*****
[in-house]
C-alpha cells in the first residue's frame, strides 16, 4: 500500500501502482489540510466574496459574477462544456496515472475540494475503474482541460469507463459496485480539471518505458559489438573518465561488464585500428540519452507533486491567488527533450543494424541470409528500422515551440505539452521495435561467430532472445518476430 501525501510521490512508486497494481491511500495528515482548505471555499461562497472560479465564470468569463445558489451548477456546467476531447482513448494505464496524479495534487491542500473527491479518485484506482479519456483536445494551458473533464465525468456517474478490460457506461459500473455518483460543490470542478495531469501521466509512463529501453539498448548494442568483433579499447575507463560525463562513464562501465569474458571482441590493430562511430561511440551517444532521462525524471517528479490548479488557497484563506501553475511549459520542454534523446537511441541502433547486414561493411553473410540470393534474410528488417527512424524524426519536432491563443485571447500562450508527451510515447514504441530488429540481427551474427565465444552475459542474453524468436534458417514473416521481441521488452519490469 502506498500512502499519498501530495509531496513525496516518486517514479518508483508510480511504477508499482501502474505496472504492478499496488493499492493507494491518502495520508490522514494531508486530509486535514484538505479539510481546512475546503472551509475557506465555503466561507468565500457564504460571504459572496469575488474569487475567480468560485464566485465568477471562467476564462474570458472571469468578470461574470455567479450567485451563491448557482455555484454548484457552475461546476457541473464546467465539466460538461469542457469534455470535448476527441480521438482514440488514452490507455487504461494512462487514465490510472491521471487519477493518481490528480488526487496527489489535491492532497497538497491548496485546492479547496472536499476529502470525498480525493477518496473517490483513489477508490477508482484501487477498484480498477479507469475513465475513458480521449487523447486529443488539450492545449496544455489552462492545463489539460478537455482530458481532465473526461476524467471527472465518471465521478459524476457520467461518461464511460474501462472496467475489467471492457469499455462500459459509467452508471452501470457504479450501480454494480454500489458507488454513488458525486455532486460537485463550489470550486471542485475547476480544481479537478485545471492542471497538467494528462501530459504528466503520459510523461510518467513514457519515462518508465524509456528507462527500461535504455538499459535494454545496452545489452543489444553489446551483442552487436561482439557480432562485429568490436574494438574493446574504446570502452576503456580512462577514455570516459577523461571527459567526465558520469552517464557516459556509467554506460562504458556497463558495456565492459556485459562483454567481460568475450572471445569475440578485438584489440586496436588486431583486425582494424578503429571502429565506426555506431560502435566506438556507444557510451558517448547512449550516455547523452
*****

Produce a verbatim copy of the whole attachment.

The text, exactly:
[in-house]
C-alpha cells in the first residue's frame, strides 16, 4: 500500500501502482489540510466574496459574477462544456496515472475540494475503474482541460469507463459496485480539471518505458559489438573518465561488464585500428540519452507533486491567488527533450543494424541470409528500422515551440505539452521495435561467430532472445518476430 501525501510521490512508486497494481491511500495528515482548505471555499461562497472560479465564470468569463445558489451548477456546467476531447482513448494505464496524479495534487491542500473527491479518485484506482479519456483536445494551458473533464465525468456517474478490460457506461459500473455518483460543490470542478495531469501521466509512463529501453539498448548494442568483433579499447575507463560525463562513464562501465569474458571482441590493430562511430561511440551517444532521462525524471517528479490548479488557497484563506501553475511549459520542454534523446537511441541502433547486414561493411553473410540470393534474410528488417527512424524524426519536432491563443485571447500562450508527451510515447514504441530488429540481427551474427565465444552475459542474453524468436534458417514473416521481441521488452519490469 502506498500512502499519498501530495509531496513525496516518486517514479518508483508510480511504477508499482501502474505496472504492478499496488493499492493507494491518502495520508490522514494531508486530509486535514484538505479539510481546512475546503472551509475557506465555503466561507468565500457564504460571504459572496469575488474569487475567480468560485464566485465568477471562467476564462474570458472571469468578470461574470455567479450567485451563491448557482455555484454548484457552475461546476457541473464546467465539466460538461469542457469534455470535448476527441480521438482514440488514452490507455487504461494512462487514465490510472491521471487519477493518481490528480488526487496527489489535491492532497497538497491548496485546492479547496472536499476529502470525498480525493477518496473517490483513489477508490477508482484501487477498484480498477479507469475513465475513458480521449487523447486529443488539450492545449496544455489552462492545463489539460478537455482530458481532465473526461476524467471527472465518471465521478459524476457520467461518461464511460474501462472496467475489467471492457469499455462500459459509467452508471452501470457504479450501480454494480454500489458507488454513488458525486455532486460537485463550489470550486471542485475547476480544481479537478485545471492542471497538467494528462501530459504528466503520459510523461510518467513514457519515462518508465524509456528507462527500461535504455538499459535494454545496452545489452543489444553489446551483442552487436561482439557480432562485429568490436574494438574493446574504446570502452576503456580512462577514455570516459577523461571527459567526465558520469552517464557516459556509467554506460562504458556497463558495456565492459556485459562483454567481460568475450572471445569475440578485438584489440586496436588486431583486425582494424578503429571502429565506426555506431560502435566506438556507444557510451558517448547512449550516455547523452